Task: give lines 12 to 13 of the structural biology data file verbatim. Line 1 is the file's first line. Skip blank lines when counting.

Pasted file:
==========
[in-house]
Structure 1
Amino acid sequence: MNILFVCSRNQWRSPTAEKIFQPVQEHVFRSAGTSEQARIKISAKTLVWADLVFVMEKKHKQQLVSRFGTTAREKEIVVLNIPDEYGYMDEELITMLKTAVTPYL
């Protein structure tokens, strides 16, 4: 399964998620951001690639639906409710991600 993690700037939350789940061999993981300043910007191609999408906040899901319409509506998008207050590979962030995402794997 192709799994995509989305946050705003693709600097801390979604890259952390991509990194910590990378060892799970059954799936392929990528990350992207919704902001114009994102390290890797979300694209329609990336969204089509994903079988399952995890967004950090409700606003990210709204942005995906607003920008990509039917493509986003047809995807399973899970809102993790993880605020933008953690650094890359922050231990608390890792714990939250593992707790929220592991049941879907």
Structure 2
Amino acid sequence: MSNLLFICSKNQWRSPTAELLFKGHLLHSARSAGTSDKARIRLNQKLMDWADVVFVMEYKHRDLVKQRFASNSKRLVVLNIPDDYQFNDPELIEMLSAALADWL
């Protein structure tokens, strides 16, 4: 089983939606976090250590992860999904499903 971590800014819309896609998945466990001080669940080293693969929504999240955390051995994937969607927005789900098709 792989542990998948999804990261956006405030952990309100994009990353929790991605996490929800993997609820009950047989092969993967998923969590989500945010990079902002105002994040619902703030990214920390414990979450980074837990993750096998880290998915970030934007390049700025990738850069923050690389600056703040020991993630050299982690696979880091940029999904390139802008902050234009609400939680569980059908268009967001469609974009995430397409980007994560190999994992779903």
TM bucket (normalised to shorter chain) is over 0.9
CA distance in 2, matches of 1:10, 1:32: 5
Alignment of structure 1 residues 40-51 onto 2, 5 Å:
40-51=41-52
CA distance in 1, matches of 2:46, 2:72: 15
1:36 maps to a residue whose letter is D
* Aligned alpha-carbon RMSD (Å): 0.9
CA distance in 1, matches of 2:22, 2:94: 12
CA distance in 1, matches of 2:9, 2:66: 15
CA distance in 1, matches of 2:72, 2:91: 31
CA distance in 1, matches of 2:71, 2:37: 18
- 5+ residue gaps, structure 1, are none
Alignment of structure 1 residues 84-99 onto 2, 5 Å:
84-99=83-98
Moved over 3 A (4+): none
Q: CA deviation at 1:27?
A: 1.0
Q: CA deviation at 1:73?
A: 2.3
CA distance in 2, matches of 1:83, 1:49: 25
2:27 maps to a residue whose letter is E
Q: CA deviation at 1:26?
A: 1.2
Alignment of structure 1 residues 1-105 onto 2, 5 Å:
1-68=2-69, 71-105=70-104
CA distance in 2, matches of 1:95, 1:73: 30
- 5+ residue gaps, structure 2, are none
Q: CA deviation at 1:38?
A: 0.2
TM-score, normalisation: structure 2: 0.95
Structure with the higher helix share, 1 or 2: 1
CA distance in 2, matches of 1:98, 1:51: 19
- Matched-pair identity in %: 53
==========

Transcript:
CA distance in 1, matches of 2:46, 2:72: 15
1:36 maps to a residue whose letter is D